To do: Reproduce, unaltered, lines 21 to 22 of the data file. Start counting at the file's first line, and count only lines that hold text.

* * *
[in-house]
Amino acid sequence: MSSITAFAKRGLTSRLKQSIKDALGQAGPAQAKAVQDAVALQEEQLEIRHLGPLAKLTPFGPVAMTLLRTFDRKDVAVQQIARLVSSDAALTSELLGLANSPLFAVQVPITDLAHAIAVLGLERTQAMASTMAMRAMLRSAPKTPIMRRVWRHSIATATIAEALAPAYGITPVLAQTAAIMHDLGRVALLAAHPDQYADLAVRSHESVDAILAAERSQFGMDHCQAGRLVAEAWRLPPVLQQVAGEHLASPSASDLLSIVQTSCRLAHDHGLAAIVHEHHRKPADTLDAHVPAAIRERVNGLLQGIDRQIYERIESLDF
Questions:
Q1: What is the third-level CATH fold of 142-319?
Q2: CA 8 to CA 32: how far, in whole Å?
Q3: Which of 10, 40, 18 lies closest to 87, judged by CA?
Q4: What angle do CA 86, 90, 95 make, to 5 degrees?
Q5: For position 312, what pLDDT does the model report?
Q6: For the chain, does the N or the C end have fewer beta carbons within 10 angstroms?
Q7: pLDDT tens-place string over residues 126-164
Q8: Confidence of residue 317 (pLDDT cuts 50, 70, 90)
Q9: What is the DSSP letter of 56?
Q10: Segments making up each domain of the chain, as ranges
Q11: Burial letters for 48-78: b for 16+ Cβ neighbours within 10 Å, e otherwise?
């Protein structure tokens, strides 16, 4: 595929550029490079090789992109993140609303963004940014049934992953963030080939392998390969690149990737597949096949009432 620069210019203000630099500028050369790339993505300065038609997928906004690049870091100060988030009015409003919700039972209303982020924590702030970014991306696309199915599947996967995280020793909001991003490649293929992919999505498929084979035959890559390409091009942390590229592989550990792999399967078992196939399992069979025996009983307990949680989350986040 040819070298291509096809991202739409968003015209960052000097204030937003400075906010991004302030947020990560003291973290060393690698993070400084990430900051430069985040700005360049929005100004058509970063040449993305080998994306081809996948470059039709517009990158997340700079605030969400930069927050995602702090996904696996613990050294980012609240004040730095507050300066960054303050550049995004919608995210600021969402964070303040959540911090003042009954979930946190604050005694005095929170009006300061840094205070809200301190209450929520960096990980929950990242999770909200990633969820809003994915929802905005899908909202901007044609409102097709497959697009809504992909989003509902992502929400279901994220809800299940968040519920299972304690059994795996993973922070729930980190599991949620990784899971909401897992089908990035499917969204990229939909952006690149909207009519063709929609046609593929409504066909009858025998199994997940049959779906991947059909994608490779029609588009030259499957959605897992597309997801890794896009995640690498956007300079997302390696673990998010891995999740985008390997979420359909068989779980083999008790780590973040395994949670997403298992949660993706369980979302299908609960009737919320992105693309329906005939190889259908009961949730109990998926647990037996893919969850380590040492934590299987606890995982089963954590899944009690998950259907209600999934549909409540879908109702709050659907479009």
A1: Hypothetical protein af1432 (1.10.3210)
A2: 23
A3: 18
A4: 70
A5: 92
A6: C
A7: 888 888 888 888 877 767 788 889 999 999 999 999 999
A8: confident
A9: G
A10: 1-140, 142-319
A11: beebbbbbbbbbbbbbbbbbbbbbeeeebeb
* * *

A6: C
A7: 888 888 888 888 877 767 788 889 999 999 999 999 999